Effects of decolonization

In most British and French colonies, the transition to independence was relatively peaceful. Some settler colonies however were displeased with the introduction of democratic rule.  In the aftermath of decolonization, Africa displayed political instability, economic disaster, and debt dependence. In all cases, measures of life quality (such as life expectancy) fell from their levels under colonialism, with many approaching precolonial levels. Political instability occurred with the introductions of Marxist and capitalist influence, along with continuing friction from racial inequalities. Inciting civil war, black nationalist groups participated in violent attacks against white settlers, trying to end white minority rule in government.

Decolonized Africa has lost many of its social and economic institutions and to this day shows a high level of informal economic activity. In another result of colonialism followed by decolonization, the African economy was drained of many natural resources with little opportunity to diversify from its colonial export of cash crops. Suffering through famine and drought, Africa struggled to industrialize its poverty stricken work force without sufficient funds.

To feed, educate, and modernize its masses, Africa borrowed large sums from various nations, banks and companies. In return, lenders often required African countries to devalue their currencies and attempted to exert political influence within Africa. The borrowed funds, however, did not rehabilitate the devastated economies. Since the massive loans were usually squandered by the mismanagement of corrupt dictators, social issues such as education, health care and political stability have been ignored

The by-products of decolonization, including political instability, border disputes, economic ruin, and massive debt, continue to plague Africa to this present day.  Due to on-going military occupation, Spanish Sahara (now Western Sahara), was never fully decolonized. The majority of the territory is under Moroccan administration; the rest is administered by the Sahrawi Arab Democratic Republic.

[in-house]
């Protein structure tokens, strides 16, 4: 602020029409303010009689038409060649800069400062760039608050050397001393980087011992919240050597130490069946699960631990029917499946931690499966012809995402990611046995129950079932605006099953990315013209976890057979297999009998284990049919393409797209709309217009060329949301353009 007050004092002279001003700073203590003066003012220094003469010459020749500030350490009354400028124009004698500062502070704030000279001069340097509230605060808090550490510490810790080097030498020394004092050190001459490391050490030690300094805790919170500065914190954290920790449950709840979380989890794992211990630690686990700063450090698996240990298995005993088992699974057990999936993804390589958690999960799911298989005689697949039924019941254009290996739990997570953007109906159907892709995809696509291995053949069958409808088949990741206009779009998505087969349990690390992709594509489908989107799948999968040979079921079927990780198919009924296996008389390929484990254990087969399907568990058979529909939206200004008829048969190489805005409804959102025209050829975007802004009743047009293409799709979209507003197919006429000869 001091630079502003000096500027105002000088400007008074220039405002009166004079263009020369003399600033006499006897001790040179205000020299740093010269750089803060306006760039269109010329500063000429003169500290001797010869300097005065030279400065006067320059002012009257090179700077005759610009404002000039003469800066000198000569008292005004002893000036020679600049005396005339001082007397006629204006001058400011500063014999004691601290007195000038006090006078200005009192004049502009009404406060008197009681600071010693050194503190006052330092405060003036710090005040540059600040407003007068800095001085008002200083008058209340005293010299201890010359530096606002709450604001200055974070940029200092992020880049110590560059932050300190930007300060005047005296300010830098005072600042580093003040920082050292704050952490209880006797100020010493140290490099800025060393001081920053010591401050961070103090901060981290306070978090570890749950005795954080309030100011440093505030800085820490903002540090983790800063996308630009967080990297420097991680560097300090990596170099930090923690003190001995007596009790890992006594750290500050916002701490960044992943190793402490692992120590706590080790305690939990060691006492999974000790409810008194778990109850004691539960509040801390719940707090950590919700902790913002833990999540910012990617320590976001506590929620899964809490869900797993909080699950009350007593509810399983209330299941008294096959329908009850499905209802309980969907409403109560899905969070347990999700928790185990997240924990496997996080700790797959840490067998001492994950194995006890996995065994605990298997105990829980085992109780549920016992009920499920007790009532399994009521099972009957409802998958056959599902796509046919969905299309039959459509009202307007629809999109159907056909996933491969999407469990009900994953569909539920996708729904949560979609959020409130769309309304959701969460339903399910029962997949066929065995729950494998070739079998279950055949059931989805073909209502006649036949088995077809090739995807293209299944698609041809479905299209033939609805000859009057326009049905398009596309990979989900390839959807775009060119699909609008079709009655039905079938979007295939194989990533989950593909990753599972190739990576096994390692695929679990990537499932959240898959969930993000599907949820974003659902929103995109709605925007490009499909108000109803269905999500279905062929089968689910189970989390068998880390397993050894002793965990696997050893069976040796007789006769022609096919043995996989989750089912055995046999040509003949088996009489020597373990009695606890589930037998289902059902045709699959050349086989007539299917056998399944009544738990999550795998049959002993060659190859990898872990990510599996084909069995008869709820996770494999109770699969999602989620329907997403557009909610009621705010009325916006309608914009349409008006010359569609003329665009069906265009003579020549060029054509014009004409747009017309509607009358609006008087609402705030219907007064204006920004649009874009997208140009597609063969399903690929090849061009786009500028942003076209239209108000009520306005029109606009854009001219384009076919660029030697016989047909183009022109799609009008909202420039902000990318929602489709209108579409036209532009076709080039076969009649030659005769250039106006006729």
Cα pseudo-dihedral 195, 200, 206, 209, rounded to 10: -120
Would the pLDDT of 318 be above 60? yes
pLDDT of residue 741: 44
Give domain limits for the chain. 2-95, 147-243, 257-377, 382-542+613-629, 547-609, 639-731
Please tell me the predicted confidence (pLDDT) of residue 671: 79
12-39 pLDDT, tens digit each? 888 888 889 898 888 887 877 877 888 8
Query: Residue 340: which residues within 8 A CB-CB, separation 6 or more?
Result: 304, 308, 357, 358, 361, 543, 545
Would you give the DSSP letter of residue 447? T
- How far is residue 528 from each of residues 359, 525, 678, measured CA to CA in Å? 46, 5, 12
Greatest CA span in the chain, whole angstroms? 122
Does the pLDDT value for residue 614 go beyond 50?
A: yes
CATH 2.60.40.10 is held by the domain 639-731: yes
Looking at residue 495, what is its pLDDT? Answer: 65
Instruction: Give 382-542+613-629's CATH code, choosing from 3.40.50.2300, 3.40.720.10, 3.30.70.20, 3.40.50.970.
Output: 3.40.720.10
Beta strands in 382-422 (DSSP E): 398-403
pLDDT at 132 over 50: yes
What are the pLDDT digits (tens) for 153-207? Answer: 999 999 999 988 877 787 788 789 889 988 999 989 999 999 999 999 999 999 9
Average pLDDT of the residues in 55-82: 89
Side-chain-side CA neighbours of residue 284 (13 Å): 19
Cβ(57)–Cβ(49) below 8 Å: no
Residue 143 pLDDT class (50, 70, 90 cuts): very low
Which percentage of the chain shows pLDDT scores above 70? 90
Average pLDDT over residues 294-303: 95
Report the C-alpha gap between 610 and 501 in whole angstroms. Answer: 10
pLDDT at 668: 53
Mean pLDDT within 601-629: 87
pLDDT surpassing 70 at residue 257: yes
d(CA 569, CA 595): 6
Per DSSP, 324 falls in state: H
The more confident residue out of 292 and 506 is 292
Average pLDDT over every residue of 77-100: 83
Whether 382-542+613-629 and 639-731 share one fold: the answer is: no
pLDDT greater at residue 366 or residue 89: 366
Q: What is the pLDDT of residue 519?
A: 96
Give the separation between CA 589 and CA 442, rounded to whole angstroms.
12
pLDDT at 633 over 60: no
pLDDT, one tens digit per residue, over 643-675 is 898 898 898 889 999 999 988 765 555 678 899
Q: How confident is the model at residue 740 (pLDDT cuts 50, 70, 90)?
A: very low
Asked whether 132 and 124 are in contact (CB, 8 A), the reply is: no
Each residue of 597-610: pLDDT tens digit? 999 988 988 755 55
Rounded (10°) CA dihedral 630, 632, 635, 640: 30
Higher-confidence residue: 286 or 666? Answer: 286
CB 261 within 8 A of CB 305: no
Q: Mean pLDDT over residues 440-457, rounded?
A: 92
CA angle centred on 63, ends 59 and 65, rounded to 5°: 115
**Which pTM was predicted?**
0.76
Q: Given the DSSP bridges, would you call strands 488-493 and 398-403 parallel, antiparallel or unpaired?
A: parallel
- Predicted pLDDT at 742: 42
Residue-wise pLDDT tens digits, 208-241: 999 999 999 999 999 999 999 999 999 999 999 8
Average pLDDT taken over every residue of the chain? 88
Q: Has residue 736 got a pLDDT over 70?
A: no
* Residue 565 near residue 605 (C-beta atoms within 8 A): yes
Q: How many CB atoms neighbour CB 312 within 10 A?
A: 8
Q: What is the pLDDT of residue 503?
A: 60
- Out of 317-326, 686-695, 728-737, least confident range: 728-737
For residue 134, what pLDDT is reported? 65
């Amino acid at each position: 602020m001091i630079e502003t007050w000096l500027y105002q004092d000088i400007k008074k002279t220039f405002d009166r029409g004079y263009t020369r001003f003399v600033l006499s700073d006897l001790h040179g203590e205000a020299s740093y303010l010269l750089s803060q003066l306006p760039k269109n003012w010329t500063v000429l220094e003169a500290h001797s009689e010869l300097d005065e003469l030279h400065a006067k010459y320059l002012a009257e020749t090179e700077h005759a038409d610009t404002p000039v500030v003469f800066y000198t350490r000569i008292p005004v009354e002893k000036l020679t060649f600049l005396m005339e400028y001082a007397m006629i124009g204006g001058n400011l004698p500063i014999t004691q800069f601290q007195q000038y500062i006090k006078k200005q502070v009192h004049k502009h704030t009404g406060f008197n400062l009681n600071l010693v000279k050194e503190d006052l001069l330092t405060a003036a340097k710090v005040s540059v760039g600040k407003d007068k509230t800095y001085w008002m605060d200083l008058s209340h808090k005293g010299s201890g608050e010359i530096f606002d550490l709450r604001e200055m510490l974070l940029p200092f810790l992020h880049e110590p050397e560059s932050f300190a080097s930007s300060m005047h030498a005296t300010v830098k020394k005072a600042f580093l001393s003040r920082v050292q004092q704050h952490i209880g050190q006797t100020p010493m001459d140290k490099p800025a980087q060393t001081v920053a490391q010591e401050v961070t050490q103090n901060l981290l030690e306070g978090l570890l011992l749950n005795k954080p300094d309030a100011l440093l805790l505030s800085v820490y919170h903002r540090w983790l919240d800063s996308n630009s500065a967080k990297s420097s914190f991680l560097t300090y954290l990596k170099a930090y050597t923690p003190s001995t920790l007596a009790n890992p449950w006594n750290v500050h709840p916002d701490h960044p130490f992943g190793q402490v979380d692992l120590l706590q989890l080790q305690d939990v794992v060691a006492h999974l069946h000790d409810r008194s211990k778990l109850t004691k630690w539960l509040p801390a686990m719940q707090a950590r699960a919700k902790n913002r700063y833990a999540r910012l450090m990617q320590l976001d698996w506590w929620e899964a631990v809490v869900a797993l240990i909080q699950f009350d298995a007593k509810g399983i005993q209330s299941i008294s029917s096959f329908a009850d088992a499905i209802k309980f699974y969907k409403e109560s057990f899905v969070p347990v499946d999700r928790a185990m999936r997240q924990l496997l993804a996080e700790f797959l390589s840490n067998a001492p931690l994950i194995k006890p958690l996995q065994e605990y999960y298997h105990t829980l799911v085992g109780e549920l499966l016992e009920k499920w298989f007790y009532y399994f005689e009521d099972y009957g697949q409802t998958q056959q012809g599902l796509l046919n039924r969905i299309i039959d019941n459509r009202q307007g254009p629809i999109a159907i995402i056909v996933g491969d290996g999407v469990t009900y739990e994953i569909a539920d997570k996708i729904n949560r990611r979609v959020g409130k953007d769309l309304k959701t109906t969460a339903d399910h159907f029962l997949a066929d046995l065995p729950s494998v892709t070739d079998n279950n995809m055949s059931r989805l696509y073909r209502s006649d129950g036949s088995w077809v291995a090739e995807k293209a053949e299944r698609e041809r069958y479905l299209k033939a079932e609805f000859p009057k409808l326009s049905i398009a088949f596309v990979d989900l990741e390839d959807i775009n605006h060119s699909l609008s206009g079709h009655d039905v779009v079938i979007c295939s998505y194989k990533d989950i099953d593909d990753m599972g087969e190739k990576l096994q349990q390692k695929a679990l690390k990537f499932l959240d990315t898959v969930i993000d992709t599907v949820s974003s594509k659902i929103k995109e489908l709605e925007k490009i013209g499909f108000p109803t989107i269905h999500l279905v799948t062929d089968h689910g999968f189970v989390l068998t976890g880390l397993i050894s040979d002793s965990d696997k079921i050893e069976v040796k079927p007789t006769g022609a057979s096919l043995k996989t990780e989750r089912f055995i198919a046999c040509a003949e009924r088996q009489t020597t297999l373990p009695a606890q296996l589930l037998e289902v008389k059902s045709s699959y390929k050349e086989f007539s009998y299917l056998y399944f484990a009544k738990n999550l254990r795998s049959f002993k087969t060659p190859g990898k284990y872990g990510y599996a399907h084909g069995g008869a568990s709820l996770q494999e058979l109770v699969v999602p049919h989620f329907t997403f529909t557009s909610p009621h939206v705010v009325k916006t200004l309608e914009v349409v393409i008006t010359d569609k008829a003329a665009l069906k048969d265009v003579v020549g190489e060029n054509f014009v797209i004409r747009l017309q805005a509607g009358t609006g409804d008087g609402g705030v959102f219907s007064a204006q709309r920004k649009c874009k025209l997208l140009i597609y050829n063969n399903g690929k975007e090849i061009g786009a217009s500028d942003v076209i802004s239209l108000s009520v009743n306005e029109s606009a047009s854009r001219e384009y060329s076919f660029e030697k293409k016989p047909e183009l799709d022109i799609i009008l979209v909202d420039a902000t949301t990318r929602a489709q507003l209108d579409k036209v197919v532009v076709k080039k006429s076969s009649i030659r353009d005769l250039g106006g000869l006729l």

In 2005, the European Union agreed to a Strategy for Africa including working closely with the African Union to promote peace, stability and good governance. However, inter-tribal war in Rwanda during the genocide of 1994, in Somalia over more than 20 years, and between Arabs and non-Arabs in Sudan indicates to some observers that Africa is still locked in tribalism and far from ready to assume its place at the global table of mature, stable and democratic states.

The Cold War in Africa

Africa was an arena during the Cold War between the U.S., Soviet Union, and even China and North Korea. Communist and Marxist groups, often with significant outside assistance, vied for power during various civil wars, such as that in Angola, Mozambique and Ethiopia. A Marxist-oriented president, Julius Nyerere, held in power in Tanzania from 1964-85, while from 1955-75, Egypt depended heavily on Soviet military assistance. The communist powers sought to install pro-communist or communist governments, as part of their larger geostrategy in the Cold War, while the U.S. tended to maintain corrupt authoritarian and monarch rulers (such as Mobutu Sese Seko of Zaire and Haile Selassie King of Ethiopia) as the price to keep countries in the pro-democracy camp.


In 1964, the Organization of African Unity (OAU) was established with 32 member states. It aimed to:

1. Promote the unity and solidarity of the African states;

2. Coordinate and intensify their cooperation and efforts to achieve a better life for the peoples of Africa; 

3. Defend their sovereignty, territorial integrity and independence;

4. Eradicate all forms of colonialism from Africa; and,

5. Promote international cooperation, having due regard to the Charter of the United Nations and the Universal Declaration of Human Rights.

In 2002, the OAU was succeeded by the African Union.  Several UN peacekeeping missions have been either entirely composed of African Union forces, or they have represented a significant component as the strategy of Africans policing Africa develops. These include Liberia in 2003; Burundi in 2003; Sudan in 2004. Others speculate that since the U.S. withdrew its UN peacekeepers from Somalia-after 18 soldiers died, with 70 wounded, in Mogadishu, Somalia in October 1993 the Western powers have been very reluctant to commit ground forces in Africa. This may explain why the international community failed to intervene during the Rwandan Genocide of 1994, stationing less than 300 troops there with orders “only to shoot if shot at.”

To summarized what happened in past in Africa can’t been change but future generation and future leaders of Africa can change things around. African can’t keep blaming foreigners for causes of their suffering and lack of development in Continent. If you look in deep, African leaders or African presidents are partially to blame for suffering of African people. African leaders are putting themselves first to stay in power then to stand for what it’s right for their people. These are best lessons for African future generation and leaders to learn from past history of Africa itself and to try to have better Africa continent in future!